Denny Heck and Marko Liias
Denny Heck and Marko Liias, candidates for Lieutenant Governor (Campaign photos)

Two Demo­c­ra­t­ic can­di­dates are com­fort­ably ahead of their oth­er ten rivals in the twelve per­son race for Lieu­tenant Gov­er­nor in ear­ly Top Two elec­tion results, which means that the office is pret­ty much guar­an­teed to remain held by the Demo­c­ra­t­ic Par­ty until at least the next pres­i­den­tial elec­tion cycle.

Retir­ing Unit­ed States Rep­re­sen­ta­tive Den­ny Heck and State Sen­a­tor Marko Liias are eas­i­ly out­pac­ing five Repub­li­cans, two Lib­er­tar­i­ans, and one oth­er Demo­c­ra­t­ic can­di­date to claim the top two spots in the race to suc­ceed out­go­ing Lieu­tenant Gov­er­nor Cyrus Habib, who is leav­ing pol­i­tics to join the Jesuits.

Heck is com­fort­ably in first place with 27.71% of the vote, while Liias has a firm grasp on sec­ond place with 16.6%. Repub­li­can Ann Davi­son Sat­tler is in third place, with 11.55%. The Repub­li­can vote is split between a total of five can­di­dates, as men­tioned above, with the oth­ers being Mar­ty McClen­don (10.8%), Dick Muri (9.9%), Joseph Brum­bles (7.58%), and Bill Penor.

Denny Heck and Marko Liias
Den­ny Heck and Marko Liias, can­di­dates for Lieu­tenant Gov­er­nor (Cam­paign photos)

The dynam­ics in this race mir­ror those in the 2016 Trea­sur­er’s race, which saw two Repub­li­cans advance to the gen­er­al elec­tion from the Top Two elec­tion due to three Demo­c­ra­t­ic can­di­dates (one of whom was Liias) each split­ting the vote almost equal­ly and com­ing in behind the Republicans.

In a real pri­ma­ry, vot­ers pick nom­i­nees to rep­re­sent each par­ty on the gen­er­al elec­tion bal­lot, so this sort of out­come would be unheard of in most oth­er states. Wash­ing­ton, how­ev­er, does not have a real primary.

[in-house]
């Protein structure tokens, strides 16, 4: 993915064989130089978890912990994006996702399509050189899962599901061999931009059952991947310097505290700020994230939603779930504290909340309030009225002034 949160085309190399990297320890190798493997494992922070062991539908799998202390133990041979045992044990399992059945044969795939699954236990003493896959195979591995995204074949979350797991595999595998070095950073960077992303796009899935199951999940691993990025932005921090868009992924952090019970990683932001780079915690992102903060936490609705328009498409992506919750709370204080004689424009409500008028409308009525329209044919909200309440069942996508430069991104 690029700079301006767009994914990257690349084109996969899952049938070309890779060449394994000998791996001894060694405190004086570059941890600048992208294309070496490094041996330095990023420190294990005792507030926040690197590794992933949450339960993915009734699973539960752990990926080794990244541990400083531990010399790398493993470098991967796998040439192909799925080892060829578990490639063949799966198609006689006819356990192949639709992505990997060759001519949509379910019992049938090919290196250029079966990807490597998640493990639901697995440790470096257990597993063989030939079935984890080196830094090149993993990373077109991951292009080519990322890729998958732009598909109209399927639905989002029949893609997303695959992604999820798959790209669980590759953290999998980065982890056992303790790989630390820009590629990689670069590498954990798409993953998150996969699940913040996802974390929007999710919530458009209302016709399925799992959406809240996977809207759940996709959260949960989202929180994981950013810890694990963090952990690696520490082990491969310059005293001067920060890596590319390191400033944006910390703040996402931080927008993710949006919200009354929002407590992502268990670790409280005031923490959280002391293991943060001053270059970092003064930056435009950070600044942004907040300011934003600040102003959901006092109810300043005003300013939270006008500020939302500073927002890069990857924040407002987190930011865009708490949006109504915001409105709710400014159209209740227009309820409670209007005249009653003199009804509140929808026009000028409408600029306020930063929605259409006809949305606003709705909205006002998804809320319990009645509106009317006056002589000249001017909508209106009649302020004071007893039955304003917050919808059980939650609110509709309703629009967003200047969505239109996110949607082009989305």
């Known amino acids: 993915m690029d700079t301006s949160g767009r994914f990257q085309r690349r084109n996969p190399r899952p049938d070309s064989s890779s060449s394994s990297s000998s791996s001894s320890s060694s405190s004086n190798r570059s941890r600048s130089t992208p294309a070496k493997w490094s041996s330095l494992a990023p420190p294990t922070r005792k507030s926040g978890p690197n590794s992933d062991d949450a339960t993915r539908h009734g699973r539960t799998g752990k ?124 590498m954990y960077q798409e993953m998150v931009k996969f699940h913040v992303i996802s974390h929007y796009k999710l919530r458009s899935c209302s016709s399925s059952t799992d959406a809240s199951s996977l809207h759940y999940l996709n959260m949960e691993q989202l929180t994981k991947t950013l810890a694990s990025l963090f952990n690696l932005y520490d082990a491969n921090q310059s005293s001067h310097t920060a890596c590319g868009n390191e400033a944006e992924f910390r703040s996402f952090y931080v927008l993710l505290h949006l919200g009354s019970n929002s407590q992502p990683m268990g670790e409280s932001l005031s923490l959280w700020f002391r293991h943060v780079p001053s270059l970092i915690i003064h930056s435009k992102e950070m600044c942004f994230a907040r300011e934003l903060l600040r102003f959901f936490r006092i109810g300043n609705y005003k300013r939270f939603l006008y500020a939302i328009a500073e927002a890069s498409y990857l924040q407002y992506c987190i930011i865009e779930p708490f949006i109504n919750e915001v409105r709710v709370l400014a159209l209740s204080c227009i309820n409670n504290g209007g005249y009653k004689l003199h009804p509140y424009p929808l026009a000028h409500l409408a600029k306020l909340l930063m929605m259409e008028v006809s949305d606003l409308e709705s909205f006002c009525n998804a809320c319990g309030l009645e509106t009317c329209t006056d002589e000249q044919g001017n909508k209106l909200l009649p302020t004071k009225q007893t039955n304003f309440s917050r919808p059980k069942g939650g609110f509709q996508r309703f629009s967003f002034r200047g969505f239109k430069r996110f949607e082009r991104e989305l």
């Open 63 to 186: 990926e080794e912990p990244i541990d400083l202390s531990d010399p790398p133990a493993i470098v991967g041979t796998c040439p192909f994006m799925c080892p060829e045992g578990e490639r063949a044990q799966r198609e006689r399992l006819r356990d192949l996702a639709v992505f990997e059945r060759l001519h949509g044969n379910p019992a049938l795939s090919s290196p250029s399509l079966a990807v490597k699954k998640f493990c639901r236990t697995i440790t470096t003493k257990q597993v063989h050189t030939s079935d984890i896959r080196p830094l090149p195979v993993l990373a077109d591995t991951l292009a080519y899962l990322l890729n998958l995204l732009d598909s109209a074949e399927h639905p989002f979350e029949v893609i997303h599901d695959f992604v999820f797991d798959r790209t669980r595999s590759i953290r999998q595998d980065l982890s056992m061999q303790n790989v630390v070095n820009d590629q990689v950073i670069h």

That’s because Wash­ing­to­ni­ans vot­ed in 2004 to insti­tute a “top two” qual­i­fy­ing elec­tion sys­tem at the urg­ing of the state Grange and its allies.

The Top Two can be thought of as the first round in a mul­ti-round gen­er­al elec­tion, with the autumn elec­tion serv­ing as the final round or runoff. The pur­pose of the first round is to win­now every field of can­di­dates down to no more than two, and the law says it does­n’t mat­ter what par­ty they asso­ciate with.

That’s why a gen­er­al elec­tion bal­lot can fea­ture two Democ­rats and two Repub­li­cans, even in statewide races like this one.

The Top Two is an awful sys­tem, deny­ing minor par­ties bal­lot access and reduc­ing ide­o­log­i­cal diver­si­ty on Wash­ing­to­ni­ans’ autumn bal­lots, and deserves to be repealed. Hope­ful­ly, at some point in the 2020s, it will be.

The Heck vs. Liias out­come is sure to frus­trate Repub­li­cans, just as the Trea­sur­er race frus­trat­ed Democ­rats four years ago. Though Repub­li­cans were not like­ly to win any­way, they have no chance at all and no can­di­date to ral­ly behind in the gen­er­al because they did not cull the field of can­di­dates who want­ed the job.

The Wash­ing­ton State Demo­c­ra­t­ic Par­ty clear­ly learned from its expe­ri­ence in the Trea­sur­er’s race, as it put up one and only one can­di­date for the posi­tion this year (Mike Pel­lic­ciot­ti), who is incum­bent Repub­li­can Duane David­son’s sole challenger.